Timothy Geithner: Job Growth Should Resume by Springtime
By Staff News & Analysis - December 25, 2009

Treasury Secretary Timothy Geithner (pictured left) says he believes it's reasonable to expect "positive job growth" by spring and that people should have confidence about an improving economic climate. In an interview broadcast on ABC's "Good Morning America," Geithner (GYT'-nur) also said he believes many banks around the country still have work ahead of them to regain the public's faith. He said, "They need to work very hard to shore it up" and said he wasn't certain that "all banks get it." Geithner's stewardship of the Treasury has come in for criticism on occasion. He said Wednesday, "I think most people would say the economy actually is strengthening now going into the end of the year," but that the key is to regain lost jobs. – AP

Dominant Social Theme: The economy makes progress.

Free-Market Analysis: This is a funny little squib of an article. But in a way it expresses as much about where we are today as Church's editorial (see other article today) expressed about his day. Church's editorial, "Yes Virginia" dealt with the timeless issues of a child's quest for magical certainty. The article excerpted above expresses the same sort of need for reassurance (from the political class) and then carries the results without demur.

While the article is dishonest from our perspective, we cannot help but be amused by the parenthetical presentation of Geithner's name. There are certainly questions as to whether governments can stimulate the economy by printing paper money and whether in fact such economies can recover so quickly from what is basically a currency collapse – but the article doesn't deal with any of these. You will, however learn exactly how to pronounce "Geithner."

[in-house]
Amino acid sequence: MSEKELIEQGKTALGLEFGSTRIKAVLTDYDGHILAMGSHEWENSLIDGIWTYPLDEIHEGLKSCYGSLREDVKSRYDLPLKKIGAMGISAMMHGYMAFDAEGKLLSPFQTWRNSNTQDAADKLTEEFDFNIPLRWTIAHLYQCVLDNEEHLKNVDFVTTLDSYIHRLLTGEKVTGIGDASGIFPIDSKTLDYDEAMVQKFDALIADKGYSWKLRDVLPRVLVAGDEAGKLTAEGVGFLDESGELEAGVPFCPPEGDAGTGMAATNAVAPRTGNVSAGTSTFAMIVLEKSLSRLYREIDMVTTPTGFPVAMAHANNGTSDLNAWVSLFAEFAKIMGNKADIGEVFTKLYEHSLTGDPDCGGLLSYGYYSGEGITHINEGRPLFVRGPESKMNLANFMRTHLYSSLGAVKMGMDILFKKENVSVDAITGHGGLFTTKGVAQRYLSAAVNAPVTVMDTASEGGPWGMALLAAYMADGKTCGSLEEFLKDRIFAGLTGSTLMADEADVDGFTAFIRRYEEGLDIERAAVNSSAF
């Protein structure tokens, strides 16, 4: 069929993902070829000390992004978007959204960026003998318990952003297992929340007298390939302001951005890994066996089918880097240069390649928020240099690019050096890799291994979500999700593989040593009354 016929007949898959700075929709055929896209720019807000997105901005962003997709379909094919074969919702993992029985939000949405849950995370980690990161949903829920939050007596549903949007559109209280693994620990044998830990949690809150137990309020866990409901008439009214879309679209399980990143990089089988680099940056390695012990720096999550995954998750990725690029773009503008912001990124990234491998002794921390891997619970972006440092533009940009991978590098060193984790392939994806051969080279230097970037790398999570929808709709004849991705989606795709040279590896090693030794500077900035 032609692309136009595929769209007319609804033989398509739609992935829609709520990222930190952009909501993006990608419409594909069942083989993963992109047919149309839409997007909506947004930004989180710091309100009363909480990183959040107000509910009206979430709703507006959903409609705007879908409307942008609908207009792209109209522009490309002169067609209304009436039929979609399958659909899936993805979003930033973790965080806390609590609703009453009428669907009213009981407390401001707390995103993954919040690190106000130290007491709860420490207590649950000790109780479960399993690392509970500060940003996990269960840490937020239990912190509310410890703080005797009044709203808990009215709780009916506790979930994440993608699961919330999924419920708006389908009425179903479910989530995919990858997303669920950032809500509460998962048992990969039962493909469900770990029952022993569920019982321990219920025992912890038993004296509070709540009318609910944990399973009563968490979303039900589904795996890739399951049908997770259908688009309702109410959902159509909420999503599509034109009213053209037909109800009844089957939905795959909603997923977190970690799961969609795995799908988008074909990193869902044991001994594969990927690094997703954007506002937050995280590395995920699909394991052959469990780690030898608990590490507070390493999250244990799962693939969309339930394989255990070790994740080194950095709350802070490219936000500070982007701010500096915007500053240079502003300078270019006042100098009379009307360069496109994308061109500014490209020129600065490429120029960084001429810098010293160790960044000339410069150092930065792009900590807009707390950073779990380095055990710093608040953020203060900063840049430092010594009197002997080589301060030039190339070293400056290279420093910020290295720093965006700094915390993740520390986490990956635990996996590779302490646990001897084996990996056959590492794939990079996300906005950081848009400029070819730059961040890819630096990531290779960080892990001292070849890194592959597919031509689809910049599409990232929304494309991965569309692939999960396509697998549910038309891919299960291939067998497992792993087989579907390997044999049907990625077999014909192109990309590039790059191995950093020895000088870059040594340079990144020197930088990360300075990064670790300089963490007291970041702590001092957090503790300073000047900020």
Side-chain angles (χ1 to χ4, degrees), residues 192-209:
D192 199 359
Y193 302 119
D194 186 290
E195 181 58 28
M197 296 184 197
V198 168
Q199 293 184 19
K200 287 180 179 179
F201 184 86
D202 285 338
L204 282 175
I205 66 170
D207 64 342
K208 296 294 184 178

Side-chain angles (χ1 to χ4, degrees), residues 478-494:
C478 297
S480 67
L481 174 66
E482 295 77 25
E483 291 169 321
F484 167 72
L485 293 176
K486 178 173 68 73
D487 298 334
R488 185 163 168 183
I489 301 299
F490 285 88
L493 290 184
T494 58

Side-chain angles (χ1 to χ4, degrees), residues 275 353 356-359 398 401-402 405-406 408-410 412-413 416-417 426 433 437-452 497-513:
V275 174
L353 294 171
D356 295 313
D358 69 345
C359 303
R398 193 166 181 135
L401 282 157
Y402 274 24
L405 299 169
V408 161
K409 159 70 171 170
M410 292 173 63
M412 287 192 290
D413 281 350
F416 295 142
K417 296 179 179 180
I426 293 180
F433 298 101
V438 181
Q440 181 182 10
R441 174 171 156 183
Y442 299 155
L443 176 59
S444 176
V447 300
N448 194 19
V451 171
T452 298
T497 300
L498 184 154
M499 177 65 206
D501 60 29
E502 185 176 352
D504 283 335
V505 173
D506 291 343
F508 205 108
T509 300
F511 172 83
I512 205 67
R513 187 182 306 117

This brief article (that's really all there is to it) is notable for how many dominant social themes it collapses into one paragraph. There are at least three promotions that we can delineate: the idea of the politician as economic savant, the idea of banks as critical to the infrastructure of the economy and, of course, the idea that the government itself can create jobs and economic growth.

From our point of view, none of these promotions are realistic. We do not believe that those who work in government are any wiser or more efficacious than those who work in the private sector. We do not believe that banks, especially as organized and sheltered under a larger central banking umbrella, are necessarily the only way to raise capital, and we certainly don't think that government by any stretch of the imagination can create "real" jobs.

What especially comes across in this short reportage is Geithner's near-desperation to resurrect public faith in the banking system. He even comes out and says that not all banks "get it." If you unwrap the double-speak, however, what he's saying is that fraud of central banking (and its satellites) is increasingly noted by the general public, certainly in America and probably throughout the West as well.

Geithner and his allies will do almost anything to convince the public that the policies of the political and banking class have reignited the economy. In fact, they have retarded and deepened the economic crisis by sucking capital from deserving businesses and bestowing it on fraudulent institutions and failed business models.

NOTED: U.S. pay czar Kenneth Feinberg on Wednesday approved compensation plans for several executives and top-paid employees at three firms that have received taxpayer aid. Feinberg approved up to $9.5 million for GMAC CEO Michael Carpenter in 2010, up to $6.2 million for General Motors CFO Christopher Liddell and $600,000 annually in salary stock for Chrysler CEO Sergio Marchionne for his service on the Chrysler board of directors. The approval for Marchionne does not include his compensation for his role as CEO, which is paid by Fiat SpA, where Marchionne is also CEO. … According to a Treasury official, the exemptions were agreed to because they were "exceptional cases." – Reuters

After Thoughts

The current banking system is not a free-market model by anyone's definition. Its winners and losers are increasingly determined by regulatory mandates and bureaucratic dictates. What we can look forward to in 2010 is likely a spate of falsified numbers intended to convince Americans and Westerners in general that the larger economy is looking up and that the people are going back to work. Those 20-30 percent unemployed scattered throughout Western economies and dealing with the general desperation of misaligned resources and joblessness will know better. 2010 will be a difficult time.

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